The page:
Tag Archives: “collective action”

New York District Court Denies Conditional Certification of Second FLSA Collective Action

Because of the low standard employed by many courts, decisions denying conditional certification in FLSA cases are generally in the minority, but some careful courts will continue to make such decisions. A recent case is notable not only for the fact that the court denied conditional certification, but also that it actually examined the events … Continue Reading

Supreme Court Agrees to Hear Case Addressing Scope of Wage and Hour Class and Collective Actions

It’s hard enough to predict what the Supreme Court will do on a given case even after it has been briefed and oral argument has been heard. It’s even harder when all we have is the decision accepting certiorari, but this one is important enough to note. The Supreme Court has now accepted certiorari in a … Continue Reading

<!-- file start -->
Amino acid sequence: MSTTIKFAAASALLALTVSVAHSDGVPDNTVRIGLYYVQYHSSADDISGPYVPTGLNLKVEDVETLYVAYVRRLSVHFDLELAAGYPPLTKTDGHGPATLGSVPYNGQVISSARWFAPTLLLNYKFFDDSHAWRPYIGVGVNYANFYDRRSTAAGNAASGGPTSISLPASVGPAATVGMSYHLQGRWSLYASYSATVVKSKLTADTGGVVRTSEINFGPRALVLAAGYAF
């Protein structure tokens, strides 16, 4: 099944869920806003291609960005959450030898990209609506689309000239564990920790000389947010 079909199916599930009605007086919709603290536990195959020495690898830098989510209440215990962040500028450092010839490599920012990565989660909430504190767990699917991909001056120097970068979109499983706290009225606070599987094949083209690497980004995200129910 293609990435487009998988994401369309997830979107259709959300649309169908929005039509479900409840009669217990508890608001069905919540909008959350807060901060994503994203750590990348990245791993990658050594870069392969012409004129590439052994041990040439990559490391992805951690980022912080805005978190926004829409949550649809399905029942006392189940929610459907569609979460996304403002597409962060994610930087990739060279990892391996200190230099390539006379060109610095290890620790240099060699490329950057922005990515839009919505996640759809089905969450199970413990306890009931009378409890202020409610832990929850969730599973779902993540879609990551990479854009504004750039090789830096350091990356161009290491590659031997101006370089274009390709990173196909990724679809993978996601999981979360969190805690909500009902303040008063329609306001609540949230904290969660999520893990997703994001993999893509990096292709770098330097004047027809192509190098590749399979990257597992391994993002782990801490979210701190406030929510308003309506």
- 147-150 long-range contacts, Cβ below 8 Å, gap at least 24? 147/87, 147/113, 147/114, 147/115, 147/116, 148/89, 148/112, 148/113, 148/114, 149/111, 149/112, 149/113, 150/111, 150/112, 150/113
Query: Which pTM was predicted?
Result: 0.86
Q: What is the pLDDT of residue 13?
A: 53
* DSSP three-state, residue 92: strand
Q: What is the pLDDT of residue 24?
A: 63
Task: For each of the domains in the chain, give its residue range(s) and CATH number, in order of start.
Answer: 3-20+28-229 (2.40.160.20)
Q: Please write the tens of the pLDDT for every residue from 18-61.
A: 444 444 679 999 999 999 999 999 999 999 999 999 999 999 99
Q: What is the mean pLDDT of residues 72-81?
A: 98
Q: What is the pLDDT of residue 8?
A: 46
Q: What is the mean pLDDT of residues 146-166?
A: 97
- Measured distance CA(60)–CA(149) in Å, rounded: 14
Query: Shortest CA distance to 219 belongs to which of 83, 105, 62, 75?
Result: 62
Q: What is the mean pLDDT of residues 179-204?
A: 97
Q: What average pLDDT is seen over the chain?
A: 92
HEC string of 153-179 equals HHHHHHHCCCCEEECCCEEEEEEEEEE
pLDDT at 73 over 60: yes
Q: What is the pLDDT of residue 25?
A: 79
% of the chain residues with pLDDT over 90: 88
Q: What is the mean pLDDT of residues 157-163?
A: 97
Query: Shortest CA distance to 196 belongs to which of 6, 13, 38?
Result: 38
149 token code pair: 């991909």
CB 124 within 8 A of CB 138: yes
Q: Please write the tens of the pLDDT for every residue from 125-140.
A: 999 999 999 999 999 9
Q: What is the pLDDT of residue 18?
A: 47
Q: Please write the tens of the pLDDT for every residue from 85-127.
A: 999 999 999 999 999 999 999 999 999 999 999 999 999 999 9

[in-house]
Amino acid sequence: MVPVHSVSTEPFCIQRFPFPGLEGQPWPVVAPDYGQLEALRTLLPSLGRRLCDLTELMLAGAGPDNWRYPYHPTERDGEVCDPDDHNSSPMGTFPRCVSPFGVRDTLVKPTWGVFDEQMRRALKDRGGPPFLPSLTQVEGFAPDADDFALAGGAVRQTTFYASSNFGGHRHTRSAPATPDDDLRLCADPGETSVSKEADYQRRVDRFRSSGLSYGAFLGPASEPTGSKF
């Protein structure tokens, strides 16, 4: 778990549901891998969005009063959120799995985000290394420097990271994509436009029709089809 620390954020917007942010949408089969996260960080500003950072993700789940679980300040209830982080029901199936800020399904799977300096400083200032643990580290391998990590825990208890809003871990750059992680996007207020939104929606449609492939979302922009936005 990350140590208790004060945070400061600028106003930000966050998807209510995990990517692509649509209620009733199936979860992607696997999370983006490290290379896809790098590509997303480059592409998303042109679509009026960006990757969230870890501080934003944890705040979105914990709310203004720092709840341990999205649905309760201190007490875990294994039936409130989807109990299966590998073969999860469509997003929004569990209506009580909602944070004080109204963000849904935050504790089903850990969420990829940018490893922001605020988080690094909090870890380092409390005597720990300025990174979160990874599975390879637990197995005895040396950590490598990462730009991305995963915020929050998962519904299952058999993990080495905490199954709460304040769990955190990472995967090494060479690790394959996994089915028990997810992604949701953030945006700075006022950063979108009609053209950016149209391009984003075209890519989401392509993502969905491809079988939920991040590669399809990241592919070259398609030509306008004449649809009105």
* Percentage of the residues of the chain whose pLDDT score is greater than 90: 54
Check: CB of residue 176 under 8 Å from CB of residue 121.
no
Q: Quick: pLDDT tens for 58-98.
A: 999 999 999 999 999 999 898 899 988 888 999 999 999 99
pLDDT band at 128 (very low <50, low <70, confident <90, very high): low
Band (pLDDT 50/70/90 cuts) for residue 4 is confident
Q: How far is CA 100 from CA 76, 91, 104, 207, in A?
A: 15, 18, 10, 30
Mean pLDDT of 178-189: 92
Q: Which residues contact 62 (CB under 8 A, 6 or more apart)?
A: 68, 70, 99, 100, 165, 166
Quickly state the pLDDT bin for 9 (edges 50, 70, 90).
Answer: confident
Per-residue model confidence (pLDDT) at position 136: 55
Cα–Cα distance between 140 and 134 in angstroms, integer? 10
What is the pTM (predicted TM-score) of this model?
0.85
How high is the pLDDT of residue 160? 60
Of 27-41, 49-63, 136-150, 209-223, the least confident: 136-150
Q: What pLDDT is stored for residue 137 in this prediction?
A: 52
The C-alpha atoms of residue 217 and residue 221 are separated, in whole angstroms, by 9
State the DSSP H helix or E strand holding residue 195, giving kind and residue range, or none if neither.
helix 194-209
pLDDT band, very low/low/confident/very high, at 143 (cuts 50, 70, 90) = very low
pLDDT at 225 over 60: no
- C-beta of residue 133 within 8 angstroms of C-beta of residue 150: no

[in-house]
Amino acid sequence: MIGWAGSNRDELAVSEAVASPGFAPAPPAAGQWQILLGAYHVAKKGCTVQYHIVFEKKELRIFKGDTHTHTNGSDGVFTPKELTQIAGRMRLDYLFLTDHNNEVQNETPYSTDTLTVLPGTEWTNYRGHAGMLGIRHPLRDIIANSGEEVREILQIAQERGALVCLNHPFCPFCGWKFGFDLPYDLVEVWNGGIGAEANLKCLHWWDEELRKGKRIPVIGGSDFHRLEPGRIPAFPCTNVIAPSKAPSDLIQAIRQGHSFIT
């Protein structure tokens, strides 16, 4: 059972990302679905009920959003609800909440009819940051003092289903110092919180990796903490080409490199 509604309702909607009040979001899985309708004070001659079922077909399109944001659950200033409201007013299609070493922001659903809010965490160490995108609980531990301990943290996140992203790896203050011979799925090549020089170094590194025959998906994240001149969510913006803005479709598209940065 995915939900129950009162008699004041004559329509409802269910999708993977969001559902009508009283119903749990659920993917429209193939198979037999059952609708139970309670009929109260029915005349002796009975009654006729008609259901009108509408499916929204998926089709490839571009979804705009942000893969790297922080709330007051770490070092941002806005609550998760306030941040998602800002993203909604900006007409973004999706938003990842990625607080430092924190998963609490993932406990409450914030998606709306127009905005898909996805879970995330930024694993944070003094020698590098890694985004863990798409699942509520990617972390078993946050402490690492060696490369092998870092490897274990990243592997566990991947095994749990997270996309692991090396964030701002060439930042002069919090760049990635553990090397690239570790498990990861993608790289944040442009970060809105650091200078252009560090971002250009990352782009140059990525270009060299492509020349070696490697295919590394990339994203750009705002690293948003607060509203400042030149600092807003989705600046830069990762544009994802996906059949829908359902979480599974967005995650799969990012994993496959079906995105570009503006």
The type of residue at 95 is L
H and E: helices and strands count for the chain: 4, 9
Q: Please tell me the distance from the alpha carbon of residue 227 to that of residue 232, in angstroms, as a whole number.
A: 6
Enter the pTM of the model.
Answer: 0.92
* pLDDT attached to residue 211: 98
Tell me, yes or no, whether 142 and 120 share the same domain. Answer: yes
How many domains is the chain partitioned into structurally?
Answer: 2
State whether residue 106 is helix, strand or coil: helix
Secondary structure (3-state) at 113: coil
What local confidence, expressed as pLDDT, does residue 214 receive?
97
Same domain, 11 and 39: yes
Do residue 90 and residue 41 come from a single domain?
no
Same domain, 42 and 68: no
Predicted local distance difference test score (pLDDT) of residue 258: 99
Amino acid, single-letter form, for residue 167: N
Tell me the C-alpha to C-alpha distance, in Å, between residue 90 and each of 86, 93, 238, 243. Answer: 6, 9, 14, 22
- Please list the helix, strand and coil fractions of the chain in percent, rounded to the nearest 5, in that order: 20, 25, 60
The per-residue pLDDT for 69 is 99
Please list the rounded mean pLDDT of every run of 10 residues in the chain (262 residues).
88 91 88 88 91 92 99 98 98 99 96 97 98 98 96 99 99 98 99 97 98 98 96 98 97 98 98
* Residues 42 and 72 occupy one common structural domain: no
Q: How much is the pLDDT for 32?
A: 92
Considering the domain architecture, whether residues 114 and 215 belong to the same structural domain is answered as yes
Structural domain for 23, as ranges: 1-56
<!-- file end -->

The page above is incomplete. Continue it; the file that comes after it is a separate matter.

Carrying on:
Gawker Interns and the Use of Social Media to Notify Potential Class Members

Social media has dramatically impacted many areas of law, and class and collective action litigation is no exception. Recently, a number of former interns who sued Gawker Media LLC and its owner Nick Denton (Gawker) for wage and hour claims repeatedly sought court approval to distribute court-authorized notice of the action through social media. The … Continue Reading

Another Federal Court Decertifies FLSA Collective Action of Hospital Workers Challenging Auto-Deduct Policy

We have previously discussed that, while medical providers have become a common target of plaintiffs asserting wage and hour claims arising out of so-called “auto-deduct” policies, more and more courts are realizing that the inherently fact-specific nature of these lawsuits make class treatment very difficult.  See our posts from June 23, 2014, and September 17, … Continue Reading

New York District Court Conditionally Certifies Class of Interns

A Blog About Bloggers Have you read any of the following lately? “Chinese Government Fans the Flames of the Ebola Zombie Rumors” “Arrested for Marijuana, Jackie Chan’s Son Could Face Execution” “Who is Dumpling All These Tuxedo Cats at a California Animal Shelter?” These are all recent headlines from various blogs run by Gawker Media … Continue Reading